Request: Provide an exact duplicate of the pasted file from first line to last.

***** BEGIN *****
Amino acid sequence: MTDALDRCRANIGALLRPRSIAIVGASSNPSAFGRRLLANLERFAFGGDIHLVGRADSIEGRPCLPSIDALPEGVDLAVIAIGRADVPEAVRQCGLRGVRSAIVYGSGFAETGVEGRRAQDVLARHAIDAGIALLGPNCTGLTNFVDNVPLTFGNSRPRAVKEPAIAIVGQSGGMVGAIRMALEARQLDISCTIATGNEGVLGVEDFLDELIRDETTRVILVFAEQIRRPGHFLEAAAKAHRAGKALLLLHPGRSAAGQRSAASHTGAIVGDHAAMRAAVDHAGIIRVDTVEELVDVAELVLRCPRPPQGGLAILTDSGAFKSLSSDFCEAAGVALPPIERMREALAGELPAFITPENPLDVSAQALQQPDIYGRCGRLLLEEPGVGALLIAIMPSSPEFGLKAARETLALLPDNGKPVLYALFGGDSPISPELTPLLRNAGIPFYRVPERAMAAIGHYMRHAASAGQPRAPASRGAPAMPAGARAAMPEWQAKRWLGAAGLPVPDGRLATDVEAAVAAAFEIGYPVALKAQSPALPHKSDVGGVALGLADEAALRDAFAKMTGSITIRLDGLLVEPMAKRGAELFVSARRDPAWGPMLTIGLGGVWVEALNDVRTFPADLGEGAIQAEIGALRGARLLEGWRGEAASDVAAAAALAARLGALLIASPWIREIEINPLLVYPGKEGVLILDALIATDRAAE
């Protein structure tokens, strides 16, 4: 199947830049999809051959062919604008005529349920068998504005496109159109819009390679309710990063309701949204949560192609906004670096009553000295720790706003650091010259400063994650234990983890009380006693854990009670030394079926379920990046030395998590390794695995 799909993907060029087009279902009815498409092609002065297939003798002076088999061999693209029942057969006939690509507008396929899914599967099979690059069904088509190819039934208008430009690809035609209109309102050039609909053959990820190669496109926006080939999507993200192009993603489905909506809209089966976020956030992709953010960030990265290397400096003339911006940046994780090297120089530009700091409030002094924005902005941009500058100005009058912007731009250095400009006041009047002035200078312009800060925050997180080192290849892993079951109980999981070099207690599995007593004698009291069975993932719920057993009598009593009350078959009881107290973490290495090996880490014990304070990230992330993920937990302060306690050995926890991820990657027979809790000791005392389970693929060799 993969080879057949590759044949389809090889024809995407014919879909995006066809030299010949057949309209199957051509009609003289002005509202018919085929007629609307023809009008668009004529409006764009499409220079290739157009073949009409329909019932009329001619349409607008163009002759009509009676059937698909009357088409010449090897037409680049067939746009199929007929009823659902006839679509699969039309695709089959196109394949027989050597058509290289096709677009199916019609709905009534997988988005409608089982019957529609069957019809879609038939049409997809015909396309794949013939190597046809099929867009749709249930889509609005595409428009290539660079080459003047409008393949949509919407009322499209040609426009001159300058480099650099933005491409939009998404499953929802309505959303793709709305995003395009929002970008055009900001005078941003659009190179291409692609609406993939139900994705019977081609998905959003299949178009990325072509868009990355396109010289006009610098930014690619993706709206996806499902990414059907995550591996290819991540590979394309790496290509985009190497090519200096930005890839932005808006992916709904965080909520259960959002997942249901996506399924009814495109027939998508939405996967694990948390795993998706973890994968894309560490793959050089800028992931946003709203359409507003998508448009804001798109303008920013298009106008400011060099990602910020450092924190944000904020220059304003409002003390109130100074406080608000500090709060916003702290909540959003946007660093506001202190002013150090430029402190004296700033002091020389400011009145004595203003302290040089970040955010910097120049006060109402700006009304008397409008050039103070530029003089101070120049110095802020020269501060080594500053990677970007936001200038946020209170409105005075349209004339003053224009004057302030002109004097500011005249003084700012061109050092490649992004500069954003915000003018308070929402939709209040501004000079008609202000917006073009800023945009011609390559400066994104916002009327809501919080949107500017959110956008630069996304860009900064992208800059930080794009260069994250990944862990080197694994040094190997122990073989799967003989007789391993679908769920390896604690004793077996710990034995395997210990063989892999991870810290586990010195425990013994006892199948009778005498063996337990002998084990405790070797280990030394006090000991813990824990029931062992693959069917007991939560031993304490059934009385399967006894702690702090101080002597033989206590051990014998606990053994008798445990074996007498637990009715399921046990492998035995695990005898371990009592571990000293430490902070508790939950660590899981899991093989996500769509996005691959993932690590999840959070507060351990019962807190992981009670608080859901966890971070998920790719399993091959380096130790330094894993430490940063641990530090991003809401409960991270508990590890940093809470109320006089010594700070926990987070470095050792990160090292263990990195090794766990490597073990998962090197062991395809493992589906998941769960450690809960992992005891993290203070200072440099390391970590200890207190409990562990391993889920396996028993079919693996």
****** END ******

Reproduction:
Amino acid sequence: MTDALDRCRANIGALLRPRSIAIVGASSNPSAFGRRLLANLERFAFGGDIHLVGRADSIEGRPCLPSIDALPEGVDLAVIAIGRADVPEAVRQCGLRGVRSAIVYGSGFAETGVEGRRAQDVLARHAIDAGIALLGPNCTGLTNFVDNVPLTFGNSRPRAVKEPAIAIVGQSGGMVGAIRMALEARQLDISCTIATGNEGVLGVEDFLDELIRDETTRVILVFAEQIRRPGHFLEAAAKAHRAGKALLLLHPGRSAAGQRSAASHTGAIVGDHAAMRAAVDHAGIIRVDTVEELVDVAELVLRCPRPPQGGLAILTDSGAFKSLSSDFCEAAGVALPPIERMREALAGELPAFITPENPLDVSAQALQQPDIYGRCGRLLLEEPGVGALLIAIMPSSPEFGLKAARETLALLPDNGKPVLYALFGGDSPISPELTPLLRNAGIPFYRVPERAMAAIGHYMRHAASAGQPRAPASRGAPAMPAGARAAMPEWQAKRWLGAAGLPVPDGRLATDVEAAVAAAFEIGYPVALKAQSPALPHKSDVGGVALGLADEAALRDAFAKMTGSITIRLDGLLVEPMAKRGAELFVSARRDPAWGPMLTIGLGGVWVEALNDVRTFPADLGEGAIQAEIGALRGARLLEGWRGEAASDVAAAAALAARLGALLIASPWIREIEINPLLVYPGKEGVLILDALIATDRAAE
């Protein structure tokens, strides 16, 4: 199947830049999809051959062919604008005529349920068998504005496109159109819009390679309710990063309701949204949560192609906004670096009553000295720790706003650091010259400063994650234990983890009380006693854990009670030394079926379920990046030395998590390794695995 799909993907060029087009279902009815498409092609002065297939003798002076088999061999693209029942057969006939690509507008396929899914599967099979690059069904088509190819039934208008430009690809035609209109309102050039609909053959990820190669496109926006080939999507993200192009993603489905909506809209089966976020956030992709953010960030990265290397400096003339911006940046994780090297120089530009700091409030002094924005902005941009500058100005009058912007731009250095400009006041009047002035200078312009800060925050997180080192290849892993079951109980999981070099207690599995007593004698009291069975993932719920057993009598009593009350078959009881107290973490290495090996880490014990304070990230992330993920937990302060306690050995926890991820990657027979809790000791005392389970693929060799 993969080879057949590759044949389809090889024809995407014919879909995006066809030299010949057949309209199957051509009609003289002005509202018919085929007629609307023809009008668009004529409006764009499409220079290739157009073949009409329909019932009329001619349409607008163009002759009509009676059937698909009357088409010449090897037409680049067939746009199929007929009823659902006839679509699969039309695709089959196109394949027989050597058509290289096709677009199916019609709905009534997988988005409608089982019957529609069957019809879609038939049409997809015909396309794949013939190597046809099929867009749709249930889509609005595409428009290539660079080459003047409008393949949509919407009322499209040609426009001159300058480099650099933005491409939009998404499953929802309505959303793709709305995003395009929002970008055009900001005078941003659009190179291409692609609406993939139900994705019977081609998905959003299949178009990325072509868009990355396109010289006009610098930014690619993706709206996806499902990414059907995550591996290819991540590979394309790496290509985009190497090519200096930005890839932005808006992916709904965080909520259960959002997942249901996506399924009814495109027939998508939405996967694990948390795993998706973890994968894309560490793959050089800028992931946003709203359409507003998508448009804001798109303008920013298009106008400011060099990602910020450092924190944000904020220059304003409002003390109130100074406080608000500090709060916003702290909540959003946007660093506001202190002013150090430029402190004296700033002091020389400011009145004595203003302290040089970040955010910097120049006060109402700006009304008397409008050039103070530029003089101070120049110095802020020269501060080594500053990677970007936001200038946020209170409105005075349209004339003053224009004057302030002109004097500011005249003084700012061109050092490649992004500069954003915000003018308070929402939709209040501004000079008609202000917006073009800023945009011609390559400066994104916002009327809501919080949107500017959110956008630069996304860009900064992208800059930080794009260069994250990944862990080197694994040094190997122990073989799967003989007789391993679908769920390896604690004793077996710990034995395997210990063989892999991870810290586990010195425990013994006892199948009778005498063996337990002998084990405790070797280990030394006090000991813990824990029931062992693959069917007991939560031993304490059934009385399967006894702690702090101080002597033989206590051990014998606990053994008798445990074996007498637990009715399921046990492998035995695990005898371990009592571990000293430490902070508790939950660590899981899991093989996500769509996005691959993932690590999840959070507060351990019962807190992981009670608080859901966890971070998920790719399993091959380096130790330094894993430490940063641990530090991003809401409960991270508990590890940093809470109320006089010594700070926990987070470095050792990160090292263990990195090794766990490597073990998962090197062991395809493992589906998941769960450690809960992992005891993290203070200072440099390391970590200890207190409990562990391993889920396996028993079919693996």